More than a week later, on March 8, 2007, Bonnie attended a meeting with McAnarney, Grigsby, Dill, and others. She learned that Human Resources had decided to take formal disciplinary action against her. McAnarney presented Bonnie with a document titled "Oral Warning" accusing Bonnie of insubordination and misrepresentation. Amended Complaint, § 23.

Throughout this period of time, Bonnie suffered emotional, physical, and mental distress and began experiencing anxiety attacks. On March 9, 2007, her primary care physician referred her to a Dr. Forsyth for mental health treatment. Dr. Forsyth ordered her to take time off work. On April 16, 2007, Bonnie returned to work part-time. That day, Grigsby presented Bonnie with her 2006 evaluation, which contained many negative comments regarding Bonnie's behavior. Bonnie complained that these criticisms were surprising, and Grigsby became hostile and defensive.

After Bonnie left work that day, she had another anxiety attack and visited Dr. Forsyth. He directed her to take at least two additional weeks of medical leave and placed her on anti-depressant medication. On April 30, 2007, Dr. Forsyth directed that Bonnie extend her medical leave until June 11, 2007. On June 20, 2007, however, Bonnie received a denial from the Office of the Comptroller of her doctor's request for an extension of leave to June 11, 1007. The letter directed her to return to work July 2, 2007, with a medical release showing that she was fit for full-time duty or to face termination.

Dr. Forsyth refused Bonnie's request for a medical release; in his opinion, she was not fit to resume her duties. On June 29, 2007, Dr. Forsyth faxed a letter with his opinion to the Human Resources Division of the Office of the Comptroller. On June 29, 2007, Bonnie received a letter from McAnarney and Grigsby informing her that she was expected back at work on July 2, 2007. Bonnie responded with a letter stating that she was not well enough to return to work and lacked a release from her doctor. On July 6, 2007, Bonnie received a letter from McAnarney stating that Bonnie had abandoned her job and therefore was terminated. Bonnie's union then filed a grievance.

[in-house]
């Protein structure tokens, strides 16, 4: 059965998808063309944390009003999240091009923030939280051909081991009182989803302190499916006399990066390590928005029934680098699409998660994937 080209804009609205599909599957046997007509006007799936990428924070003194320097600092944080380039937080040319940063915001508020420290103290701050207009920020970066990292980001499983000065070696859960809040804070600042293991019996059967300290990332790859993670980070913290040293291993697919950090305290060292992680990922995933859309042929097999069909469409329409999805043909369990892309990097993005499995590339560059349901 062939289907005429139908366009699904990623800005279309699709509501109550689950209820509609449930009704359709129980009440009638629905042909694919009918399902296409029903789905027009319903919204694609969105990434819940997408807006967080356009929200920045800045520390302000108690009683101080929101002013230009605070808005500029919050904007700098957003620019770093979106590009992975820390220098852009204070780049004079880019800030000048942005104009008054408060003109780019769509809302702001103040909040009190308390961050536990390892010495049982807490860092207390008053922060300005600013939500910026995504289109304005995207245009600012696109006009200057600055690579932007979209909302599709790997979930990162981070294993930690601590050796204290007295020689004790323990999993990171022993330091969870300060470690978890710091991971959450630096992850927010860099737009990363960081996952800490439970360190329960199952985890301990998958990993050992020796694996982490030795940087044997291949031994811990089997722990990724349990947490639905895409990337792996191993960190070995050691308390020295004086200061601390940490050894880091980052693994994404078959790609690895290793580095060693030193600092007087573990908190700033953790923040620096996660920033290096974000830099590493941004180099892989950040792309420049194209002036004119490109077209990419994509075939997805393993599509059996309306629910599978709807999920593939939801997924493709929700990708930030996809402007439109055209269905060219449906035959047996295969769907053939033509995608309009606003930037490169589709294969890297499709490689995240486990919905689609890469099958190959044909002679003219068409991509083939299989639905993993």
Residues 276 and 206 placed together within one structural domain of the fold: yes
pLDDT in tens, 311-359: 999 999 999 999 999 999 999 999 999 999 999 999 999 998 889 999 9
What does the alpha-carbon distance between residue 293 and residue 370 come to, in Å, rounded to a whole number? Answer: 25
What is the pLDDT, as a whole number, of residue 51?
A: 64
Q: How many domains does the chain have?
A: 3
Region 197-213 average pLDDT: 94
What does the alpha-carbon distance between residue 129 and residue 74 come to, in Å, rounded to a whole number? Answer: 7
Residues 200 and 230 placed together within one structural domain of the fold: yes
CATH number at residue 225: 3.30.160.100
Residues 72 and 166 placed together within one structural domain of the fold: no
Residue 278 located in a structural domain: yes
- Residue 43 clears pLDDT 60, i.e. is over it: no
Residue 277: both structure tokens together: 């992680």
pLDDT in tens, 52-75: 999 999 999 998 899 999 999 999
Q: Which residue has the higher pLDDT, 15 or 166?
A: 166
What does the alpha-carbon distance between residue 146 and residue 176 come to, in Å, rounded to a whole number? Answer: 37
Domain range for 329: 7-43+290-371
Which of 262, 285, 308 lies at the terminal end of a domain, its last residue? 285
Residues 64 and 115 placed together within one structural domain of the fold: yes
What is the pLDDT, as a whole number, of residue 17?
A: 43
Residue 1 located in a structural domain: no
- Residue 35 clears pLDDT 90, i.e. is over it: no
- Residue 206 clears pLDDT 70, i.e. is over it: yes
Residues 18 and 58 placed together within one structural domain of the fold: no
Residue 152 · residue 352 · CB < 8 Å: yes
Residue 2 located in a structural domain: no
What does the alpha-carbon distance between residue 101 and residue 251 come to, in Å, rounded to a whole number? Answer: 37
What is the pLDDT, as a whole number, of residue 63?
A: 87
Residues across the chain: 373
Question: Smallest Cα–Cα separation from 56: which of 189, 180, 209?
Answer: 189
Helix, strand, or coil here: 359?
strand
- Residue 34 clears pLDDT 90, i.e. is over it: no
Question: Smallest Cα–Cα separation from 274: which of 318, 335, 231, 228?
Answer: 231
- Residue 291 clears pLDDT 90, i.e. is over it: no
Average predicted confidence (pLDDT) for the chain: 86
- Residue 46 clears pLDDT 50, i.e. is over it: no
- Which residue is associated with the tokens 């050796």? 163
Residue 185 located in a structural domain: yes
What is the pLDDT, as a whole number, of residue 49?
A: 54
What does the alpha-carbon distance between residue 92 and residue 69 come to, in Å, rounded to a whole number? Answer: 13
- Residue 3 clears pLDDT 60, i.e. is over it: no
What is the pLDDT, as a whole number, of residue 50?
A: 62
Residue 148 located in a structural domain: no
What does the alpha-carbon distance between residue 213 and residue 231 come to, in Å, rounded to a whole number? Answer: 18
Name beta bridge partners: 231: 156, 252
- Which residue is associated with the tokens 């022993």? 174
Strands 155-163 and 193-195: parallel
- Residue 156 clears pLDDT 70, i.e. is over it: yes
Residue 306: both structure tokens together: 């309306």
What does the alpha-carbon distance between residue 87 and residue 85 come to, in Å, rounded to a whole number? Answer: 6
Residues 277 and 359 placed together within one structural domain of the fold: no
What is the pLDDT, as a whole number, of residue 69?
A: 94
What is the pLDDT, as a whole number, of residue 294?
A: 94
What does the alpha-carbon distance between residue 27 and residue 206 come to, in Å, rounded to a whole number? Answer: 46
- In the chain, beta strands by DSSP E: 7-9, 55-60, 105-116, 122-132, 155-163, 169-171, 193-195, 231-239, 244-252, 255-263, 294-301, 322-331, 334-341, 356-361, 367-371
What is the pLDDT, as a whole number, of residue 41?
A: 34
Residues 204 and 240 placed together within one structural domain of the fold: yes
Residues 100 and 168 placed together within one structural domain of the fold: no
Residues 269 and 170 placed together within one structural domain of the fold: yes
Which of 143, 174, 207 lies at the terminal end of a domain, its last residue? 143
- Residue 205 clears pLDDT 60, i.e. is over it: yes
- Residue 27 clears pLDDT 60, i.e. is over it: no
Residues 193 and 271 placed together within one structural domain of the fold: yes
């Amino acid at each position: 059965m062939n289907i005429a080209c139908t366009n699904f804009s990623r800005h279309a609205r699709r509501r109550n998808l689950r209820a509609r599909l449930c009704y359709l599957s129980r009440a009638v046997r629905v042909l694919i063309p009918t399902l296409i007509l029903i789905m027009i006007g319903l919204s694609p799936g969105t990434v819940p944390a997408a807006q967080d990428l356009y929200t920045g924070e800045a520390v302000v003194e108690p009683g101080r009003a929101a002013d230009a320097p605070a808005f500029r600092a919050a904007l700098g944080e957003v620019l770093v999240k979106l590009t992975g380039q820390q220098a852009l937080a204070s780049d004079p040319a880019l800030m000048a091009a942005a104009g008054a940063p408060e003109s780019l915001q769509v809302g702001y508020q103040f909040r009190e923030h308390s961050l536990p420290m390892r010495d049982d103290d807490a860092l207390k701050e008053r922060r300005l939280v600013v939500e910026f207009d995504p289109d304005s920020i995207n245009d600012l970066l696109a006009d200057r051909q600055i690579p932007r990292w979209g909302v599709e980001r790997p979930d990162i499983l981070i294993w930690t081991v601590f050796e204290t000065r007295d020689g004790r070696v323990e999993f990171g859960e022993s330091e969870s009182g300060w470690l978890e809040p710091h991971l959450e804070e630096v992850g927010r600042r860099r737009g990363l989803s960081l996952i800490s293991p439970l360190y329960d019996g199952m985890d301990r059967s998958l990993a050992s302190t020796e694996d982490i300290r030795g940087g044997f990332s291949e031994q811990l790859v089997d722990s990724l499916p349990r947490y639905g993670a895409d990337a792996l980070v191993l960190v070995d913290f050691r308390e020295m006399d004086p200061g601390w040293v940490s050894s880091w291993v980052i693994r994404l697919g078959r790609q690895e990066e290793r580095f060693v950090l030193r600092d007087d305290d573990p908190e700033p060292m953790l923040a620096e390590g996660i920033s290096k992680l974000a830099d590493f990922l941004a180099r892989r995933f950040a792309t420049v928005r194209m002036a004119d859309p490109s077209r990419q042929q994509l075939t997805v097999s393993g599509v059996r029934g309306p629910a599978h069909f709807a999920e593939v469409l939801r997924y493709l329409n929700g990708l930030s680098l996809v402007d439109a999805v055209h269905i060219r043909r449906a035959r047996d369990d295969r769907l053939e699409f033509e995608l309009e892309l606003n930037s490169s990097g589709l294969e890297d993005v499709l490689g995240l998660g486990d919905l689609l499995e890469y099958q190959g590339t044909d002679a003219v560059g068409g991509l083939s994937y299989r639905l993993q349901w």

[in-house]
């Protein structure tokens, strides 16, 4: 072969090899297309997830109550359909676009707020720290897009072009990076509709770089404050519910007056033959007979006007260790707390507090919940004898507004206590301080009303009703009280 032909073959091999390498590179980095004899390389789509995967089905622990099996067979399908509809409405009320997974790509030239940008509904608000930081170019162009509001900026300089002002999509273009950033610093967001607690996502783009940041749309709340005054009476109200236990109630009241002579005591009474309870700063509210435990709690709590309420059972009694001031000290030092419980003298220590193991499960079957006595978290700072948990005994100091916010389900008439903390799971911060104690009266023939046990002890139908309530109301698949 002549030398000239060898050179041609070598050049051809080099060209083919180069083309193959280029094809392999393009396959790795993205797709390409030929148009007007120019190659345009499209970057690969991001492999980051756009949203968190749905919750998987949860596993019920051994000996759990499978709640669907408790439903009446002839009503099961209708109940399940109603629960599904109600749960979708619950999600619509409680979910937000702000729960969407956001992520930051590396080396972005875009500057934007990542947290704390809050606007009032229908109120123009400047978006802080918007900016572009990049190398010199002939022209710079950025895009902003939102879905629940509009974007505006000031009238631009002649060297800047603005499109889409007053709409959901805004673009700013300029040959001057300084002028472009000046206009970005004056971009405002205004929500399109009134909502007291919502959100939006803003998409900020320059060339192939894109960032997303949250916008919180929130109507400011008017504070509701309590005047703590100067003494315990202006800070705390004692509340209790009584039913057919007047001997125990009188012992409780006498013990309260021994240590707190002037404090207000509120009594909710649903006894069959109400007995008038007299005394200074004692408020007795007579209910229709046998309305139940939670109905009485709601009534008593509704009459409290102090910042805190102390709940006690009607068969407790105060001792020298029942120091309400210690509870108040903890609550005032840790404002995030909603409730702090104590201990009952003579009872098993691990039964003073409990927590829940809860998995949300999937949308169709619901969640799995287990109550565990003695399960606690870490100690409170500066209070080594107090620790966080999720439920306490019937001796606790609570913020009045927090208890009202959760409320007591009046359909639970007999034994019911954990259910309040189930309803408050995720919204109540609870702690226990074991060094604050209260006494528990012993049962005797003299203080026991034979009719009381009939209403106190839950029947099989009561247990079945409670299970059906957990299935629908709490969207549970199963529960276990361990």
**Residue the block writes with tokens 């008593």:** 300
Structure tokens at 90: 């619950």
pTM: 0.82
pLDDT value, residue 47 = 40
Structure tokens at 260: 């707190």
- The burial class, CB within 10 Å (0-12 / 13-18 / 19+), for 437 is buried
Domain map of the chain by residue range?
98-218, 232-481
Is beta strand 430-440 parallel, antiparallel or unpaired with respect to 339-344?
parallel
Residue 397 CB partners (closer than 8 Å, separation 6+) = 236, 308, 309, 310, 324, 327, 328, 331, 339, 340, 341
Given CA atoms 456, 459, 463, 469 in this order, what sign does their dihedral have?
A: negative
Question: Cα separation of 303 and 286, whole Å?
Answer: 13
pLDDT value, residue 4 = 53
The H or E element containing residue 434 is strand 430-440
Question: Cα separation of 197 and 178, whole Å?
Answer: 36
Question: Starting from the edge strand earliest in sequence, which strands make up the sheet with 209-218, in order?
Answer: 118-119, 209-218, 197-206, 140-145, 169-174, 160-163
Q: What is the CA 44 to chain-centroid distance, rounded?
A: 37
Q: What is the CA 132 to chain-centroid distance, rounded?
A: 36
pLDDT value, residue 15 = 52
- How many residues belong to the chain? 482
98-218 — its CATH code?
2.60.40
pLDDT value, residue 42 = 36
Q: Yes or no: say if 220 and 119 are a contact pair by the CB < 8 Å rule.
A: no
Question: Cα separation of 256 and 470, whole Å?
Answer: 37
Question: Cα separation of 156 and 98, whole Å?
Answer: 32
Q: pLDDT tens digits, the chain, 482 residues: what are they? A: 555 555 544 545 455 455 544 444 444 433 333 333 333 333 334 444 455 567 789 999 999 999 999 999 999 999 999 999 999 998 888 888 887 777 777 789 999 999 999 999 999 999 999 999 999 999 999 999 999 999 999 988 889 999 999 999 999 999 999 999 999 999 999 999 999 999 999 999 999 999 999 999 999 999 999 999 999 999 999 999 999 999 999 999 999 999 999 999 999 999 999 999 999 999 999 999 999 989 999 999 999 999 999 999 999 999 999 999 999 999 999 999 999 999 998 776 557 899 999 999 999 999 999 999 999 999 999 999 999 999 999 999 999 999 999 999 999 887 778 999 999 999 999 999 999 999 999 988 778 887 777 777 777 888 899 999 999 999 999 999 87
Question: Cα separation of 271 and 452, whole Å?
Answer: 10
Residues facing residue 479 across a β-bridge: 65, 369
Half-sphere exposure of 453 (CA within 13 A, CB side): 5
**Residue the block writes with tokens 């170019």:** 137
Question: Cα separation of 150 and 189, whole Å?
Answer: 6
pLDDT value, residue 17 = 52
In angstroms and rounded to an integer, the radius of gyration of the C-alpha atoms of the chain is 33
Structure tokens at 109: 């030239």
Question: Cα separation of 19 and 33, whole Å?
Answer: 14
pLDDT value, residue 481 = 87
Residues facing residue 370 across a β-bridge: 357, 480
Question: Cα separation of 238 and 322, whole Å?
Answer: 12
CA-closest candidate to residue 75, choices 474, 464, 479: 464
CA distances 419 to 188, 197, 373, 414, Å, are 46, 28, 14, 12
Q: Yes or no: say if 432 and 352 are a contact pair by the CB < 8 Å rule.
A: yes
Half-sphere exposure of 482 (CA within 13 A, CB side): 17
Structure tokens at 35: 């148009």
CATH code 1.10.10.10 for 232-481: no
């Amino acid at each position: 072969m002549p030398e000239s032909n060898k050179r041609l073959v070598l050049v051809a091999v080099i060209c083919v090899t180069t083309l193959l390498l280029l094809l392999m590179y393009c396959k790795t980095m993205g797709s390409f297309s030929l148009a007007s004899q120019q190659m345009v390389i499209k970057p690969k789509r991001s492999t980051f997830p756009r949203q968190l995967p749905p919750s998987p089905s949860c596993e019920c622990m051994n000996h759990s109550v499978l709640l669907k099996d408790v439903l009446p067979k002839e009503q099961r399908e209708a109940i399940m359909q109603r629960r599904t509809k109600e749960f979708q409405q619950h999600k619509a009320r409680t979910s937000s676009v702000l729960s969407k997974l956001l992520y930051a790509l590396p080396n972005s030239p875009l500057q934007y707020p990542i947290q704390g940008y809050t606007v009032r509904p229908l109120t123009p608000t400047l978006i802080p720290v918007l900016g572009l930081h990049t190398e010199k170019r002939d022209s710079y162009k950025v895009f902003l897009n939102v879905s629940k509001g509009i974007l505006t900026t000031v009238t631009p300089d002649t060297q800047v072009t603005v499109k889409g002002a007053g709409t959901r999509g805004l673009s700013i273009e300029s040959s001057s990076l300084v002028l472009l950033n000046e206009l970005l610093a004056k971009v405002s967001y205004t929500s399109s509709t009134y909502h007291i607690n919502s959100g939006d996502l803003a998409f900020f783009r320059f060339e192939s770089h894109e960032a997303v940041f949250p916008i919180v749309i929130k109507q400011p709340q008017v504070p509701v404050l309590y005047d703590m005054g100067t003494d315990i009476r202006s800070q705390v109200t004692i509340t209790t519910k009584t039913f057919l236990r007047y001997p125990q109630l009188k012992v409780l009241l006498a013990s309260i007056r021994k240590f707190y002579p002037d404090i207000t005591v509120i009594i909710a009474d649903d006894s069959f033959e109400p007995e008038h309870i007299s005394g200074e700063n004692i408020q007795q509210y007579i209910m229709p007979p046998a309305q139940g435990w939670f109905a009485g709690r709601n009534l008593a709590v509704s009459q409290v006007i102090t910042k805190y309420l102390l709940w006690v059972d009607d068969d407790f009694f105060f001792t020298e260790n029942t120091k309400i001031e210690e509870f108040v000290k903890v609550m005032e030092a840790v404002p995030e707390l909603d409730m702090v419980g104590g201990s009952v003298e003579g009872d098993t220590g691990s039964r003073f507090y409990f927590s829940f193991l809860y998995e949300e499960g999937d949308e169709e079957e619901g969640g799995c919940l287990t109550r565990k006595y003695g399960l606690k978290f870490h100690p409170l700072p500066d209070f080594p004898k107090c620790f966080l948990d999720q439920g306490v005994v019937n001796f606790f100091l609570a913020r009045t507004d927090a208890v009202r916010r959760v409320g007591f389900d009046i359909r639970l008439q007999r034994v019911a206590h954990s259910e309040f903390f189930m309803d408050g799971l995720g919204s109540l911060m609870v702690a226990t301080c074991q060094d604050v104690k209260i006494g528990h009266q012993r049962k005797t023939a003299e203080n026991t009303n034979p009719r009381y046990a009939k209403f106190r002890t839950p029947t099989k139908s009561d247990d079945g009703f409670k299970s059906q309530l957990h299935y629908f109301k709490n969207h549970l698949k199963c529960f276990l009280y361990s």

Throughout this period, Roosevelt owned a Springfield store known as Fashion Afrique. On August 7, 2007, a man later identified as King, entered the store and asked Roosevelt if he knew Defendant Grigsby. King told Roosevelt that he heard that Roosevelt had threatened Grigsby, and King then threatened Roosevelt with physical violence for having bothered her and prevented Roosevelt from leaving his own store. King was wearing a law enforcement uniform throughout this confrontation, and Roosevelt thought he was a member of the United States Marshal's Office.

After King left Roosevelt's store, Roosevelt immediately called 911 to report the incident. Operators transferred his call to the United States Marshal's Office, which sent deputies out to take Roosevelt's statement and investigate. On August 14, 2007, a member of the United States Marshal's ...